Speech by Frances Fitzgerald TD, Minister for Justice & Equality Dáil Éireann

Statements on allegations regarding sexual abuse by members of the Provisional Republican Movement
Speech by Frances Fitzgerald TD, Minister for Justice & Equality Dáil Éireann

12th November 2014

In my previous Ministerial role I often noted that child abuse hasn’t gone away.
Regrettably this applies not solely to child abuse. Sexual violence generally doesn’t go away. It persists as a dark stain on our humanity. It is amongst the most devastating of human experiences.

This morning I launched the Rape Crisis Network of Ireland National Statistics Report for 2013. The statistics in such reports never fail to shock. In 2013, 91% of perpetrators were known to the survivors.

The stark reality is that abuse and sexual violence happens in many settings, settings known to victims, by persons known to victims. Abuse occurred in religious dioceses and congregations; in institutions, both religious and state-run; and in sporting organisations. In the UK we have seen how sex abuse prevailed in show-business circles. Now, thanks to very public and courageous effort by one Belfast woman, Mairia Cahill, we know that sexual abuse occurred in circles of the republic movement.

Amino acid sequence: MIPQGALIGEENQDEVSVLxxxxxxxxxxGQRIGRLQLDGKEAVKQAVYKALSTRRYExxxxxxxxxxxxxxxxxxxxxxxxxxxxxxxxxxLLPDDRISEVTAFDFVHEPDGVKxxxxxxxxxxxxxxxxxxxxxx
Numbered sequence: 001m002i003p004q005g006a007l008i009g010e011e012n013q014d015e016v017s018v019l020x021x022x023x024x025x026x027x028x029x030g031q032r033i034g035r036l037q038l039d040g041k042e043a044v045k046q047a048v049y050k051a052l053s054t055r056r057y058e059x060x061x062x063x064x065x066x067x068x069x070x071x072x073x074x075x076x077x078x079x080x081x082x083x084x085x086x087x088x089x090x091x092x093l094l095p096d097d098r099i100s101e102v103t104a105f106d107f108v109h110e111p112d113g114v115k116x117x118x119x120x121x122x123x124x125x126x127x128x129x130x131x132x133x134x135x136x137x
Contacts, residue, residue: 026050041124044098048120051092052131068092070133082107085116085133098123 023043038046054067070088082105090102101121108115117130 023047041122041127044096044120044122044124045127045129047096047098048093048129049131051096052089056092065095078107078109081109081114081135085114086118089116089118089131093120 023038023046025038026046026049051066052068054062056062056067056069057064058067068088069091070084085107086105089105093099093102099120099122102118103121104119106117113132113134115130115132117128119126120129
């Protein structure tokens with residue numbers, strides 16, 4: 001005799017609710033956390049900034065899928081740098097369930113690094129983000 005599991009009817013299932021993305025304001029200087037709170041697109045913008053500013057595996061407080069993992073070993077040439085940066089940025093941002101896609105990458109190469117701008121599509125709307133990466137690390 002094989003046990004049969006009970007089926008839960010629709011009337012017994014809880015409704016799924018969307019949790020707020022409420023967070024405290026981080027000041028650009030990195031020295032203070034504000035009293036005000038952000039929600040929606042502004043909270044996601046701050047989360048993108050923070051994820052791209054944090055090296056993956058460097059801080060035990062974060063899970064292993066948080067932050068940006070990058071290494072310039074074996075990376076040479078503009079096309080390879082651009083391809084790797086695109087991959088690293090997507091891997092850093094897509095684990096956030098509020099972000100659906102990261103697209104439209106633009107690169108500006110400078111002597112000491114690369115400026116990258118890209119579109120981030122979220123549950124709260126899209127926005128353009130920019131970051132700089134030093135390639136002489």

Mairia was the victim of a heinous sexual abuse. But Mairia was also the victim of something else, equally heinous. She was the victim of cover-up.
She was the victim of a culture that sought to deal with abuse within a closed setting or institution, a culture which ultimately fails the victim while protecting the offender from the public rule of law, laws enacted by this Oireachtas.
While we now know of many of the settings in which cover-up of abuse took place, many questions remain. In the case of the IRA, we do not know what happened to abusers who were moved across the border. We do not know if high risk sex offenders have been resettled across the border, unknown to civil authorities, posing a lingering threat to children.

I note that Deputy Adams wrote a blog on 19th October titled “How republicans dealt with allegations of child abuse” in which he referred to how the IRA took “action against rapists and child abusers” including shooting or expelling offenders. However, despite Deputy Adams’ call for reporting, it still remains unclear as to how much Deputy Adams knows about the movement of sex offenders across the border. This matter is being currently investigated by An Garda Síochána.

Deputy Adams: Do you have any information on this specific matter which you have not shared with Gardai? Will you share this information with Gardai?

I would remind the House that this Government brought in the Criminal Justice (Withholding of Information) Act 2012. Under that Act, withholding information on a serious sexual or violent offence committed against a child or a vulnerable person is itself an offence. There is a duty on everyone to provide information to the Garda Síochána where that information concerns serious offences perpetrated against the vulnerable in society.

Neither sexual violence, nor a culture of private justice or cover-up, can be tolerated, in any form, in any context, in any circumstance by any political leader or Government, or any member of society.